It’s clear that LARP has allowed me to identify and pursue changes in my life – and applying that to business development skills has been especially useful. After LARPing for so long, I’ve also noticed that the wide variety of characters I play have something in common: they crave loyalty.

People love to belong to a group. I enjoyed playing a member of Maison DuBois, a group in New World Magischola. Photo: New World Magischola / Learn Larp LLC.

People love to belong to a group. I enjoyed playing a member of Maison DuBois, a group in New World Magischola. Photo: New World Magischola / Learn Larp LLC.

It’s not just me, either. Many LARPers enjoy portraying people who are devoutly loyal to various factions, religions, political causes, corporations, families, and school affiliations in game worlds. This is an appealing aspect for people to explore without the ramifications of expression real-world political beliefs – and if you can figure out how to provide rewards for that craving, you’ll have loyal customers for life.

6. Creativity is Worth Something: Money

The arts are spectacularly undervalued. Earlier, I mentioned how I was told that pursuing a degree in English wasn’t the best plan for my life, and this lack of value for the arts certainly relates to why many people feel that way. I feel vindicated now that ‘storytelling’ is such a marketing buzzword, but that doesn’t eliminate the problem of society viewing the arts as a waste of time or education.

That’s stuck with me. Like other writers and artists, sometimes I still find it hard to believe I deserve compensation for my work, even though I do – while other writers are tough on people like me for allegedly lowering the value of content based on rates.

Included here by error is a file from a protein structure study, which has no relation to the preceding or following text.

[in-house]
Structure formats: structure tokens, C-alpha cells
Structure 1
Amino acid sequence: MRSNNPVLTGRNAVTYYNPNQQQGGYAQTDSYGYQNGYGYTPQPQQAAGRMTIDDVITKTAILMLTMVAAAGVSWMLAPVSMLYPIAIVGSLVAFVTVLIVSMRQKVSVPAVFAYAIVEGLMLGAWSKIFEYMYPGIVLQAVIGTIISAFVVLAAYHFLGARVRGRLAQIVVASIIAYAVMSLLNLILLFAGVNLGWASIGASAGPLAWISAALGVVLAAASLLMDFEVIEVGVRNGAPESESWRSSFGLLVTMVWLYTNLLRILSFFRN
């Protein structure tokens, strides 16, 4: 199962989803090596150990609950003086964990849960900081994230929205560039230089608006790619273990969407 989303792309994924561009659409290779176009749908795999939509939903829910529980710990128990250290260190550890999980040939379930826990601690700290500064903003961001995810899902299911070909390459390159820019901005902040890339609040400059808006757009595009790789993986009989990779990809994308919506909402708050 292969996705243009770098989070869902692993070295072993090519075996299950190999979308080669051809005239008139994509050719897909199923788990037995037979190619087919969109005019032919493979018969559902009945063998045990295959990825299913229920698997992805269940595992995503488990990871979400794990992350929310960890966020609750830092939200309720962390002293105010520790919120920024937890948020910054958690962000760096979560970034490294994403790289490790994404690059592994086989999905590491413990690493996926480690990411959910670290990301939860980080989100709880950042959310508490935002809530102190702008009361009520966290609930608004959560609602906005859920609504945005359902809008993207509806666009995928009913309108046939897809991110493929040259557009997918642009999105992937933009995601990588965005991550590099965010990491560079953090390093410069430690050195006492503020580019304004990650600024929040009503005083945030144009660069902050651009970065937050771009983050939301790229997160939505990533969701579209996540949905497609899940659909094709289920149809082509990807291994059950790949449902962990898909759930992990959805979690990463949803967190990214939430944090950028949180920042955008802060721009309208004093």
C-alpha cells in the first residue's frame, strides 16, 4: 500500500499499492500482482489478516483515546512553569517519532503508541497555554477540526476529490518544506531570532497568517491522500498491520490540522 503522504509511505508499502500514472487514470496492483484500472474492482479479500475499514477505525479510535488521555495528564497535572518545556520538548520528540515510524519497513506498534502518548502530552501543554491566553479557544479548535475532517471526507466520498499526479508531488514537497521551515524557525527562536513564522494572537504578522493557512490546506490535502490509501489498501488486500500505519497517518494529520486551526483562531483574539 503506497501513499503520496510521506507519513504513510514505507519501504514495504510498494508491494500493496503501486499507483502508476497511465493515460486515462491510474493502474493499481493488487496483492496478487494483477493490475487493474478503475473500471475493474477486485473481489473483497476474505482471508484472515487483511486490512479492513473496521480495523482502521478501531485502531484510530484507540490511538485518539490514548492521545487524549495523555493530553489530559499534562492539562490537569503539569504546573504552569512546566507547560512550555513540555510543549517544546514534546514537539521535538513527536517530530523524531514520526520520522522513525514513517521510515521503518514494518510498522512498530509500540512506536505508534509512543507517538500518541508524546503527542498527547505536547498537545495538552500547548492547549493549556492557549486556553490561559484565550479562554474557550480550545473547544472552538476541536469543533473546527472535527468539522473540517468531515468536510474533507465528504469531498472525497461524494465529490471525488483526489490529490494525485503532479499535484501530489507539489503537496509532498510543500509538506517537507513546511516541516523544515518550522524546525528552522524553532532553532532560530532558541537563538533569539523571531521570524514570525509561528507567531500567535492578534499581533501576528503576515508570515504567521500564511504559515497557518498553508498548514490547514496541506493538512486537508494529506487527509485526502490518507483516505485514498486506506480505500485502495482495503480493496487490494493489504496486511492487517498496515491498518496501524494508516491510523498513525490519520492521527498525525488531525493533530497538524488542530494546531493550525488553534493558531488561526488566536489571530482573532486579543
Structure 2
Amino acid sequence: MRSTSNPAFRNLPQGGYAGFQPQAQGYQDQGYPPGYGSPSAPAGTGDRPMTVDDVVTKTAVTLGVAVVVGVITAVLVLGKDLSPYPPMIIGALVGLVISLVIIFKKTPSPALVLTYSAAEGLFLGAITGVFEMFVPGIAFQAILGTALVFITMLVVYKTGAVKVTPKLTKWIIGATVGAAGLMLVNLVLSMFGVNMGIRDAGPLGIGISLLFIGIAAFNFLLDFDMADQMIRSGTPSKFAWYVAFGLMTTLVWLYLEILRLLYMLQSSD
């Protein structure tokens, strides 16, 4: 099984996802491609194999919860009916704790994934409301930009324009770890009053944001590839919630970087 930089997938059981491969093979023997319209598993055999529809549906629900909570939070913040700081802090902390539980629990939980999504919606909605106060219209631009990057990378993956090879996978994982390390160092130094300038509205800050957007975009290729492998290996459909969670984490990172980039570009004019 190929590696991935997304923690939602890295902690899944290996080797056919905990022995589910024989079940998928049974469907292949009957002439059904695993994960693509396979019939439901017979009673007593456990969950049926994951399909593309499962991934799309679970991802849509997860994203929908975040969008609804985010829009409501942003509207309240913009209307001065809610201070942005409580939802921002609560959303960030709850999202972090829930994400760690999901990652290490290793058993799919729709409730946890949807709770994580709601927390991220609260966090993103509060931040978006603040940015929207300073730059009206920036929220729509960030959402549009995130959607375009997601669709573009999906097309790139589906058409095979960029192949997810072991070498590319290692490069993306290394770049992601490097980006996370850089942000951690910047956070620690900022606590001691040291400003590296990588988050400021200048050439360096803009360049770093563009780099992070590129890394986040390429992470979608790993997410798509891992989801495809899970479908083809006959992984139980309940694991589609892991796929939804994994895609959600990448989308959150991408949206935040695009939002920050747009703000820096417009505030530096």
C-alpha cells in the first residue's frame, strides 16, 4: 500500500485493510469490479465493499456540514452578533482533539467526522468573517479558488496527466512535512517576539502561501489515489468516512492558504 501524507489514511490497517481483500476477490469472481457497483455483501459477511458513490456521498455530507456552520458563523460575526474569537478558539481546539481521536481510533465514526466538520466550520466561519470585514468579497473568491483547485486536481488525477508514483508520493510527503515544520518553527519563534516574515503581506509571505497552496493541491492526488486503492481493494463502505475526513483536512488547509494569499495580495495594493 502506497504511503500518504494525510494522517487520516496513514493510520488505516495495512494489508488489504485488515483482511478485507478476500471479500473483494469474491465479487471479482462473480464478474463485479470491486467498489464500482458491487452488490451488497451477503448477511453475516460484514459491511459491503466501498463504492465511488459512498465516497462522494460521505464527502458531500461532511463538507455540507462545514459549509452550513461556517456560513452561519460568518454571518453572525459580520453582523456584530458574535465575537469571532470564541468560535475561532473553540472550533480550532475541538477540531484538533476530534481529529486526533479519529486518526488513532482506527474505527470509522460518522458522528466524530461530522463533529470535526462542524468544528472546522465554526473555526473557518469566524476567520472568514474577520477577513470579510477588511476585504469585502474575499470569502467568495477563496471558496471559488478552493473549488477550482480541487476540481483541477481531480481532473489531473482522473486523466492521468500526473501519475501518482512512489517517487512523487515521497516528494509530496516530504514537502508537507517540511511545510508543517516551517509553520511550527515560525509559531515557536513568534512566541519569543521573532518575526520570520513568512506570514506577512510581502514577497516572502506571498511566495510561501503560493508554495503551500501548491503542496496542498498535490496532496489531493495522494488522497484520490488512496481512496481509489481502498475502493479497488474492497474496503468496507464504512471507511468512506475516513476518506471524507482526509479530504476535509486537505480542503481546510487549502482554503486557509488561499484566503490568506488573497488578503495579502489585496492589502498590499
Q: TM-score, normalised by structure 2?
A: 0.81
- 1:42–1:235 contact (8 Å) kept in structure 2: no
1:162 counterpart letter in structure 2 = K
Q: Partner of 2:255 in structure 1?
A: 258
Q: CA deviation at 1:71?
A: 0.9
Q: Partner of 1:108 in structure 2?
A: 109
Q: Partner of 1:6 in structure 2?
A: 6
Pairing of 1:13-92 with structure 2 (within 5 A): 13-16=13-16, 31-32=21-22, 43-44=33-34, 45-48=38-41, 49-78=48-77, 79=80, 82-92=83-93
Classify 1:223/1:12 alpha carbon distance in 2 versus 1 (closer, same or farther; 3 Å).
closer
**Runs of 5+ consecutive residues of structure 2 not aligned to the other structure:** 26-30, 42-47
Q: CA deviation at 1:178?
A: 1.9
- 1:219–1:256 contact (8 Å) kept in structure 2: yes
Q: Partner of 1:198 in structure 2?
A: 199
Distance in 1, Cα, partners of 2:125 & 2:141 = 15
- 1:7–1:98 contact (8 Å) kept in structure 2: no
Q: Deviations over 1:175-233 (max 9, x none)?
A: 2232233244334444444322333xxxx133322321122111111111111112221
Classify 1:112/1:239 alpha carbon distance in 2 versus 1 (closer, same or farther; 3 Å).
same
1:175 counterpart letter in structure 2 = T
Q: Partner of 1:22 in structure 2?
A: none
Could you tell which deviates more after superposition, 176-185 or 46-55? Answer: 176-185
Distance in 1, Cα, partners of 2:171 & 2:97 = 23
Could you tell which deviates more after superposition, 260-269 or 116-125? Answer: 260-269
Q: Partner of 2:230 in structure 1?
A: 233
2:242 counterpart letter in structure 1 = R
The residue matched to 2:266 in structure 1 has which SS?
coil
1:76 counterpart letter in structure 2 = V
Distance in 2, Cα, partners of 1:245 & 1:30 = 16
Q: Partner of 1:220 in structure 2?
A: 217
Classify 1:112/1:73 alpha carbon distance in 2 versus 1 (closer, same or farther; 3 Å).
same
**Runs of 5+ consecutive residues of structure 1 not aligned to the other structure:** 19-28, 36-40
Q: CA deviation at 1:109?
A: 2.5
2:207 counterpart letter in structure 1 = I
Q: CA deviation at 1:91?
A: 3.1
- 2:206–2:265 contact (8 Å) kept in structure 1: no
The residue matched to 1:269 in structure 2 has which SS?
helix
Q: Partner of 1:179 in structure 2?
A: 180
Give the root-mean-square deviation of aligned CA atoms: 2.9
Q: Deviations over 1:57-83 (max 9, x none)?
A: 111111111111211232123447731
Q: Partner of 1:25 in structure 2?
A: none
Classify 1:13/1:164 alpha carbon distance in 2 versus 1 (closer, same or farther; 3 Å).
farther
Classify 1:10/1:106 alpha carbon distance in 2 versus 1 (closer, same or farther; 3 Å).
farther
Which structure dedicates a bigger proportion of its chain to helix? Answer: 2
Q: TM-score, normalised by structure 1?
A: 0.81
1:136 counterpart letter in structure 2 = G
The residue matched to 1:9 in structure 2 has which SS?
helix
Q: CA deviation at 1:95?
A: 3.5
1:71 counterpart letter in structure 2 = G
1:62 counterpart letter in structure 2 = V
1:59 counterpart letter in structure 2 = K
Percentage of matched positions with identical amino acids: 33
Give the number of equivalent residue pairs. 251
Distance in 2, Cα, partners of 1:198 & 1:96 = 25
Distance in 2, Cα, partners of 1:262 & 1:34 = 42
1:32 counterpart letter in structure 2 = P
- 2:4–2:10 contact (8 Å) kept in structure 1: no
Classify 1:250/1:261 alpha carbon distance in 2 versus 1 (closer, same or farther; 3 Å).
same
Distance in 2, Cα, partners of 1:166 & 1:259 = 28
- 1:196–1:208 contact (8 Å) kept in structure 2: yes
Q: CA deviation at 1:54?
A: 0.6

Fellow LARPer Kathleen Burns (right) works at SEMrush. We make a great team in part due to the leadership roles we take on in LARPs. Here we are celebrating Halloween as our LARP characters. Photo: SEMrush.

Fellow LARPer Kathleen Burns (right) works at SEMrush. We make a great team in part due to the leadership roles we take on in LARPs. Here we are celebrating Halloween as our LARP characters. Photo: SEMrush.

In LARP worlds, the arts are generally valued. Who else will create songs and epic poems about the adventures and exploits of tavern-dwelling townfolk? Who keeps a detailed chronicle of the events that transpired? And who relays news and tells songs and stories at feast? In most LARP settings, bards in some form are appreciated – and often compensated – for their work. I try to internalize this as often as I can.

In LARP communities, artistic talents are extremely valuable. Costume creation and customization, boffer weapon creation, propsmithing – most LARP communities need these talents, and most other players will pay for them.